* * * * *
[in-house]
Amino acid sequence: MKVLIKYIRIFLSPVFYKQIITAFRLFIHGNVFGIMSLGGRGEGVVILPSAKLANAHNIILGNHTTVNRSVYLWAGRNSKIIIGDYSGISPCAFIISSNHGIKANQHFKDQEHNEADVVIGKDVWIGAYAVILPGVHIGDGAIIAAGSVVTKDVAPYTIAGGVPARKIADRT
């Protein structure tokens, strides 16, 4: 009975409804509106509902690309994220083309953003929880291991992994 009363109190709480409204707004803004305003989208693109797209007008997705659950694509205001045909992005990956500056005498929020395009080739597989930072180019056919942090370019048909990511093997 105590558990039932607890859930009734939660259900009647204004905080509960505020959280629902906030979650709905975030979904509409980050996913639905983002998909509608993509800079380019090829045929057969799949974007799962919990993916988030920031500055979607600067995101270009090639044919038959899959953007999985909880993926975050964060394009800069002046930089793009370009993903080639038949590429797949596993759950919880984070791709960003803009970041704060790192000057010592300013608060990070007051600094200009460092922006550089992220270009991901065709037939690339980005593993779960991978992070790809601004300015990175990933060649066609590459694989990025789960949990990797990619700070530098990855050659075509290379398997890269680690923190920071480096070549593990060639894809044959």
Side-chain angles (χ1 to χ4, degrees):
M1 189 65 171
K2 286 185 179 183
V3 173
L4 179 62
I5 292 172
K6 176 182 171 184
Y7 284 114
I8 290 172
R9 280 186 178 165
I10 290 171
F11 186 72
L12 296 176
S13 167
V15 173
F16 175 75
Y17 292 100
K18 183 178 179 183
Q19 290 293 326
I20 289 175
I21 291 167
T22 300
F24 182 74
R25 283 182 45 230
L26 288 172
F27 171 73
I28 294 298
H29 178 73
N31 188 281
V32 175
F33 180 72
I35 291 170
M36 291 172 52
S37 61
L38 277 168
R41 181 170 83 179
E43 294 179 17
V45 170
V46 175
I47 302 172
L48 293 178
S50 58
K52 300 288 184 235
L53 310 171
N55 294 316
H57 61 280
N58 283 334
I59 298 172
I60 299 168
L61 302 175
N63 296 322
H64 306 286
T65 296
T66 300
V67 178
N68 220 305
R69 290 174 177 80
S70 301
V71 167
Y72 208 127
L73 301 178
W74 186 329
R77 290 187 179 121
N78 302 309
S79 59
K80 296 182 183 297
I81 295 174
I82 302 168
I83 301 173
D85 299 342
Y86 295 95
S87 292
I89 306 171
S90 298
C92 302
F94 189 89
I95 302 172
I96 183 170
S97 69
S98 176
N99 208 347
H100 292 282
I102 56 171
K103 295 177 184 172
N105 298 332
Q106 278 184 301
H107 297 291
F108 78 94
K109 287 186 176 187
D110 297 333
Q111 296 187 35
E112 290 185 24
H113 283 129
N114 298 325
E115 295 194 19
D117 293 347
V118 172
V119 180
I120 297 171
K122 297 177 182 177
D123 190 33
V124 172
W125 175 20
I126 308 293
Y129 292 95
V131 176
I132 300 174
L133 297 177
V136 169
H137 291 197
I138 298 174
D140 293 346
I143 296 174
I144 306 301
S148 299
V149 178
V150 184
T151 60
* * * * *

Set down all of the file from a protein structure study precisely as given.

[in-house]
Amino acid sequence: MKVLIKYIRIFLSPVFYKQIITAFRLFIHGNVFGIMSLGGRGEGVVILPSAKLANAHNIILGNHTTVNRSVYLWAGRNSKIIIGDYSGISPCAFIISSNHGIKANQHFKDQEHNEADVVIGKDVWIGAYAVILPGVHIGDGAIIAAGSVVTKDVAPYTIAGGVPARKIADRT
């Protein structure tokens, strides 16, 4: 009975409804509106509902690309994220083309953003929880291991992994 009363109190709480409204707004803004305003989208693109797209007008997705659950694509205001045909992005990956500056005498929020395009080739597989930072180019056919942090370019048909990511093997 105590558990039932607890859930009734939660259900009647204004905080509960505020959280629902906030979650709905975030979904509409980050996913639905983002998909509608993509800079380019090829045929057969799949974007799962919990993916988030920031500055979607600067995101270009090639044919038959899959953007999985909880993926975050964060394009800069002046930089793009370009993903080639038949590429797949596993759950919880984070791709960003803009970041704060790192000057010592300013608060990070007051600094200009460092922006550089992220270009991901065709037939690339980005593993779960991978992070790809601004300015990175990933060649066609590459694989990025789960949990990797990619700070530098990855050659075509290379398997890269680690923190920071480096070549593990060639894809044959």
Side-chain angles (χ1 to χ4, degrees):
M1 189 65 171
K2 286 185 179 183
V3 173
L4 179 62
I5 292 172
K6 176 182 171 184
Y7 284 114
I8 290 172
R9 280 186 178 165
I10 290 171
F11 186 72
L12 296 176
S13 167
V15 173
F16 175 75
Y17 292 100
K18 183 178 179 183
Q19 290 293 326
I20 289 175
I21 291 167
T22 300
F24 182 74
R25 283 182 45 230
L26 288 172
F27 171 73
I28 294 298
H29 178 73
N31 188 281
V32 175
F33 180 72
I35 291 170
M36 291 172 52
S37 61
L38 277 168
R41 181 170 83 179
E43 294 179 17
V45 170
V46 175
I47 302 172
L48 293 178
S50 58
K52 300 288 184 235
L53 310 171
N55 294 316
H57 61 280
N58 283 334
I59 298 172
I60 299 168
L61 302 175
N63 296 322
H64 306 286
T65 296
T66 300
V67 178
N68 220 305
R69 290 174 177 80
S70 301
V71 167
Y72 208 127
L73 301 178
W74 186 329
R77 290 187 179 121
N78 302 309
S79 59
K80 296 182 183 297
I81 295 174
I82 302 168
I83 301 173
D85 299 342
Y86 295 95
S87 292
I89 306 171
S90 298
C92 302
F94 189 89
I95 302 172
I96 183 170
S97 69
S98 176
N99 208 347
H100 292 282
I102 56 171
K103 295 177 184 172
N105 298 332
Q106 278 184 301
H107 297 291
F108 78 94
K109 287 186 176 187
D110 297 333
Q111 296 187 35
E112 290 185 24
H113 283 129
N114 298 325
E115 295 194 19
D117 293 347
V118 172
V119 180
I120 297 171
K122 297 177 182 177
D123 190 33
V124 172
W125 175 20
I126 308 293
Y129 292 95
V131 176
I132 300 174
L133 297 177
V136 169
H137 291 197
I138 298 174
D140 293 346
I143 296 174
I144 306 301
S148 299
V149 178
V150 184
T151 60